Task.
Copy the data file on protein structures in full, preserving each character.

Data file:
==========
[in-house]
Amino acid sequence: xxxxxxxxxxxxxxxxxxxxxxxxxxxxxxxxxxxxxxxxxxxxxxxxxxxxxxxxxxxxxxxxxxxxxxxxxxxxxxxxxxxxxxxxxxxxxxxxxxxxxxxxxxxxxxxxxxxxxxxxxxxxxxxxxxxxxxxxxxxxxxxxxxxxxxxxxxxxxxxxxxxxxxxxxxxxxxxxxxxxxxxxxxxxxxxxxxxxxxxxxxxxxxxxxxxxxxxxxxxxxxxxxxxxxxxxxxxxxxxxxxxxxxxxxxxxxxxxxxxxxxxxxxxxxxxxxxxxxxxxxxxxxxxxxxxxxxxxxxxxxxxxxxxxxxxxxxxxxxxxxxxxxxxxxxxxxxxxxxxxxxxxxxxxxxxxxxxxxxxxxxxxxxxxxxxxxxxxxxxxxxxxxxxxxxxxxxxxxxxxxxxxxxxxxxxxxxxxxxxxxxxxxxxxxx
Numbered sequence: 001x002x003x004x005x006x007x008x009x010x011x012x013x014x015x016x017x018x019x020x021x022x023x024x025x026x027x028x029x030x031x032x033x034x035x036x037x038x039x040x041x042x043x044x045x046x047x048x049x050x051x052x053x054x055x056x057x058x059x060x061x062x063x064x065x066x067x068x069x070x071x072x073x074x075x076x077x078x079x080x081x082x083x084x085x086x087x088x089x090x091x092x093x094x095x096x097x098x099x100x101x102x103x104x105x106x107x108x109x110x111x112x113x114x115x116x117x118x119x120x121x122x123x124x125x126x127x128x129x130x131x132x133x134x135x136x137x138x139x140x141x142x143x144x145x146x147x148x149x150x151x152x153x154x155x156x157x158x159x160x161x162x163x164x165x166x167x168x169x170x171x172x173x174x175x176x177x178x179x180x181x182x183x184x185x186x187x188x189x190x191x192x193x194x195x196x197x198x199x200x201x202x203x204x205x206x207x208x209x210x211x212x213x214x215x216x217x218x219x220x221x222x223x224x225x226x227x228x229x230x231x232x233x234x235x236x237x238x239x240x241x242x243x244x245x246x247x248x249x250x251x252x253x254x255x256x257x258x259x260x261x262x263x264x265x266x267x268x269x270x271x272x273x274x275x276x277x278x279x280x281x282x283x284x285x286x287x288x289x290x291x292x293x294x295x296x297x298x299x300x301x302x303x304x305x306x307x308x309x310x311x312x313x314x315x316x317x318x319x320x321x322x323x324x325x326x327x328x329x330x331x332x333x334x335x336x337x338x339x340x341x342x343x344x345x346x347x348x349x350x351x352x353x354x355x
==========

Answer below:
[in-house]
Amino acid sequence: xxxxxxxxxxxxxxxxxxxxxxxxxxxxxxxxxxxxxxxxxxxxxxxxxxxxxxxxxxxxxxxxxxxxxxxxxxxxxxxxxxxxxxxxxxxxxxxxxxxxxxxxxxxxxxxxxxxxxxxxxxxxxxxxxxxxxxxxxxxxxxxxxxxxxxxxxxxxxxxxxxxxxxxxxxxxxxxxxxxxxxxxxxxxxxxxxxxxxxxxxxxxxxxxxxxxxxxxxxxxxxxxxxxxxxxxxxxxxxxxxxxxxxxxxxxxxxxxxxxxxxxxxxxxxxxxxxxxxxxxxxxxxxxxxxxxxxxxxxxxxxxxxxxxxxxxxxxxxxxxxxxxxxxxxxxxxxxxxxxxxxxxxxxxxxxxxxxxxxxxxxxxxxxxxxxxxxxxxxxxxxxxxxxxxxxxxxxxxxxxxxxxxxxxxxxxxxxxxxxxxxxxxxxxxx
Numbered sequence: 001x002x003x004x005x006x007x008x009x010x011x012x013x014x015x016x017x018x019x020x021x022x023x024x025x026x027x028x029x030x031x032x033x034x035x036x037x038x039x040x041x042x043x044x045x046x047x048x049x050x051x052x053x054x055x056x057x058x059x060x061x062x063x064x065x066x067x068x069x070x071x072x073x074x075x076x077x078x079x080x081x082x083x084x085x086x087x088x089x090x091x092x093x094x095x096x097x098x099x100x101x102x103x104x105x106x107x108x109x110x111x112x113x114x115x116x117x118x119x120x121x122x123x124x125x126x127x128x129x130x131x132x133x134x135x136x137x138x139x140x141x142x143x144x145x146x147x148x149x150x151x152x153x154x155x156x157x158x159x160x161x162x163x164x165x166x167x168x169x170x171x172x173x174x175x176x177x178x179x180x181x182x183x184x185x186x187x188x189x190x191x192x193x194x195x196x197x198x199x200x201x202x203x204x205x206x207x208x209x210x211x212x213x214x215x216x217x218x219x220x221x222x223x224x225x226x227x228x229x230x231x232x233x234x235x236x237x238x239x240x241x242x243x244x245x246x247x248x249x250x251x252x253x254x255x256x257x258x259x260x261x262x263x264x265x266x267x268x269x270x271x272x273x274x275x276x277x278x279x280x281x282x283x284x285x286x287x288x289x290x291x292x293x294x295x296x297x298x299x300x301x302x303x304x305x306x307x308x309x310x311x312x313x314x315x316x317x318x319x320x321x322x323x324x325x326x327x328x329x330x331x332x333x334x335x336x337x338x339x340x341x342x343x344x345x346x347x348x349x350x351x352x353x354x355x